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Issue 12, 2013
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Dynamics, crystallization and structures in colloid spin coating

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Spin coating is an out-of-equilibrium technique for producing polymer films and colloidal crystals quickly and reproducibly. In this review, we present an overview of theoretical and experimental studies of the spin coating of colloidal suspensions. The dynamics of the spin coating process is discussed first, and we present insights from both theory and experiment. A key difference between spin coating with polymer solutions and with monodisperse colloidal suspensions is the emergence of long range (centimeter scale) orientational correlations in the latter. We discuss experiments in different physical regimes that shed light on the many unusual partially ordered structures that have long-range orientational order, but no long-range translational order. The nature of these structures can be tailored by adding electric or magnetic fields during the spin coating procedure. These partially ordered structures can be considered as model systems for studying the fundamentals of poorly crystalline and defect-rich solids, and they can also serve as templates for patterned and/or porous optical and magnetic materials.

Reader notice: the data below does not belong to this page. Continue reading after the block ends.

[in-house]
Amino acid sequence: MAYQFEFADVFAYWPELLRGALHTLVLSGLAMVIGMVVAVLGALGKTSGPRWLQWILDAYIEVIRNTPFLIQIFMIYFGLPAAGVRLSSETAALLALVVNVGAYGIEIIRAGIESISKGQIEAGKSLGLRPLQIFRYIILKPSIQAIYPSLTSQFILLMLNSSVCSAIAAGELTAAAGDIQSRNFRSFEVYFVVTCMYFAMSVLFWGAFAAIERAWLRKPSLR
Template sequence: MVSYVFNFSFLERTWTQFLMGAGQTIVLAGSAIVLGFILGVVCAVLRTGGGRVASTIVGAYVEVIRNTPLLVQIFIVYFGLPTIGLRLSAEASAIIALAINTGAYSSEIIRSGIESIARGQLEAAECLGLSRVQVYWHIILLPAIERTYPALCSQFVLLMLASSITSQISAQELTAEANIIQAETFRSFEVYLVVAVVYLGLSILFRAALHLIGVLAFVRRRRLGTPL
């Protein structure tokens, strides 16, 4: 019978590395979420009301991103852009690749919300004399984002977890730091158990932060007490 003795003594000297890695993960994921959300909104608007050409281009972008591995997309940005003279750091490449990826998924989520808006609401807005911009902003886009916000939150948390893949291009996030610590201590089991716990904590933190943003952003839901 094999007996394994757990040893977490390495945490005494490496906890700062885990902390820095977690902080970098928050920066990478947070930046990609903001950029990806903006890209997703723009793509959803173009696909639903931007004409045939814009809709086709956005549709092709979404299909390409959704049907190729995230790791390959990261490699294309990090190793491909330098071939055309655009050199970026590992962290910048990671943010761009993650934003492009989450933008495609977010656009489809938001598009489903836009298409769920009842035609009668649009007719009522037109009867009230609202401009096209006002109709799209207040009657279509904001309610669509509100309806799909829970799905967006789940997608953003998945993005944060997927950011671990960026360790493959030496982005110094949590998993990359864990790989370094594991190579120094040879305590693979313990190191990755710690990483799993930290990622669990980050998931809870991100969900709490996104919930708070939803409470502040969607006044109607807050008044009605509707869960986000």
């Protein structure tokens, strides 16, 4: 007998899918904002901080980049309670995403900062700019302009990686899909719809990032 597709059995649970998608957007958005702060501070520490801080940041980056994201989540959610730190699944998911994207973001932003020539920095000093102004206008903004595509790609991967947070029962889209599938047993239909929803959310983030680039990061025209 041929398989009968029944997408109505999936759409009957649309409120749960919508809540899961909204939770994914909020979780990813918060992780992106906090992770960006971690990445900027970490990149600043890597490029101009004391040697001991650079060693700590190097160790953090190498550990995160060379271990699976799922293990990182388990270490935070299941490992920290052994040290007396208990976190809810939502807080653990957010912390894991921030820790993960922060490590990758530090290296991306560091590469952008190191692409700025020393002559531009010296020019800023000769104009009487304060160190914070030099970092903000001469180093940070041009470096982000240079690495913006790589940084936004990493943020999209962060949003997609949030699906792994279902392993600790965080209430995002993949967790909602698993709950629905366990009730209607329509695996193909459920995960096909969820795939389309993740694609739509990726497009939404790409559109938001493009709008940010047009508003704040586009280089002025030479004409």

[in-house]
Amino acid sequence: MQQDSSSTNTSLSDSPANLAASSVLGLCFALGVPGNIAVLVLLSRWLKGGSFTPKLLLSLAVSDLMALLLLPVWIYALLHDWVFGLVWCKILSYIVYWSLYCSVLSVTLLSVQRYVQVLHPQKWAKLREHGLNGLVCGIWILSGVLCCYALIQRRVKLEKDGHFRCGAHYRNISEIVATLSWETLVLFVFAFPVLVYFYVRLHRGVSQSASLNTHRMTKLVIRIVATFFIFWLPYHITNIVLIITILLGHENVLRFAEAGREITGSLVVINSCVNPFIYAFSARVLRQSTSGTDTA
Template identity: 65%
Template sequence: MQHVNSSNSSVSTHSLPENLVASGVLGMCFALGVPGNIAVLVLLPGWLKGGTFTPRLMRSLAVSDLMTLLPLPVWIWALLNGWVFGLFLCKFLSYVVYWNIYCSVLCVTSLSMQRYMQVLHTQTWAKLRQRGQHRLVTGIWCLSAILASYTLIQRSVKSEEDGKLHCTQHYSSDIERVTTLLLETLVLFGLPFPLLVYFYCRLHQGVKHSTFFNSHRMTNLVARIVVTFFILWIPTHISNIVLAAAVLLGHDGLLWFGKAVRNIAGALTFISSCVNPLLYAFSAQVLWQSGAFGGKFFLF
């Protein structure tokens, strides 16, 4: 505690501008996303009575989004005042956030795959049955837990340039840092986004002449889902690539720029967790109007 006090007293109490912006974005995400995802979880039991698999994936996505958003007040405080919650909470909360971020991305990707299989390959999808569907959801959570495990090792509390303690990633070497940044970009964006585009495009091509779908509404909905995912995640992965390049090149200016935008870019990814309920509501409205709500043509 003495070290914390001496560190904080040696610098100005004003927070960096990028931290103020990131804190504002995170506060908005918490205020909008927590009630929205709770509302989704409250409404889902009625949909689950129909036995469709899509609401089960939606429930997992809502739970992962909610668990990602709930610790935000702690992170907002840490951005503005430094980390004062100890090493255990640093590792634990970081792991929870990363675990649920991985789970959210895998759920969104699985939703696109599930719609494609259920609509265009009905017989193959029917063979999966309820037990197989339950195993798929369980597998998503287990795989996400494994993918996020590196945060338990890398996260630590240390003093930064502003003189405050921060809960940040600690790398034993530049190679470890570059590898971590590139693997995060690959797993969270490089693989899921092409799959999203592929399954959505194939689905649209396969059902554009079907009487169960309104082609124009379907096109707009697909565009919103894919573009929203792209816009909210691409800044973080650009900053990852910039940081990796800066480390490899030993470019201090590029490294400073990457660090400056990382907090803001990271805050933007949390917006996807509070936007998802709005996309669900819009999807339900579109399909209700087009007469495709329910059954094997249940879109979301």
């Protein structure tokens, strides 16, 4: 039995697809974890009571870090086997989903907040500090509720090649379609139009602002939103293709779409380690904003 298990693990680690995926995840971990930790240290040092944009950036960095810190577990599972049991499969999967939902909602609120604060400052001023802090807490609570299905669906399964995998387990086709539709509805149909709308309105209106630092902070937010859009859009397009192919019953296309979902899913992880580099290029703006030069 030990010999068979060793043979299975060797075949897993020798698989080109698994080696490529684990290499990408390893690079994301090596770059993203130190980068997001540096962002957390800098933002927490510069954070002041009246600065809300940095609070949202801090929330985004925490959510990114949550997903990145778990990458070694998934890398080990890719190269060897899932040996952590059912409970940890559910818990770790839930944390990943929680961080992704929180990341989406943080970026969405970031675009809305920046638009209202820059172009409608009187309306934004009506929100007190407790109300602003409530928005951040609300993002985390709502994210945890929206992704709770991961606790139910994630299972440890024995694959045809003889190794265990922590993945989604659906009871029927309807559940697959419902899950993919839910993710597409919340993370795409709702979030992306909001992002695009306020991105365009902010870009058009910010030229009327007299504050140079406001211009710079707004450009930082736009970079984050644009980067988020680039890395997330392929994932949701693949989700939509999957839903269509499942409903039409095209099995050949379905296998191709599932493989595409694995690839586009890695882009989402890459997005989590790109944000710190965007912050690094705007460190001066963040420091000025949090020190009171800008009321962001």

Graphical abstract: Dynamics, crystallization and structures in colloid spin coating

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The article was received on 24 Oct 2012, accepted on 14 Jan 2013 and first published on 28 Jan 2013

Article type: Review Article
DOI: 10.1039/C3SM27455A
Citation: Soft Matter, 2013,9, 3220-3229
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    Dynamics, crystallization and structures in colloid spin coating

    M. Pichumani, P. Bagheri, K. M. Poduska, W. González-Viñas and A. Yethiraj, Soft Matter, 2013, 9, 3220
    DOI: 10.1039/C3SM27455A

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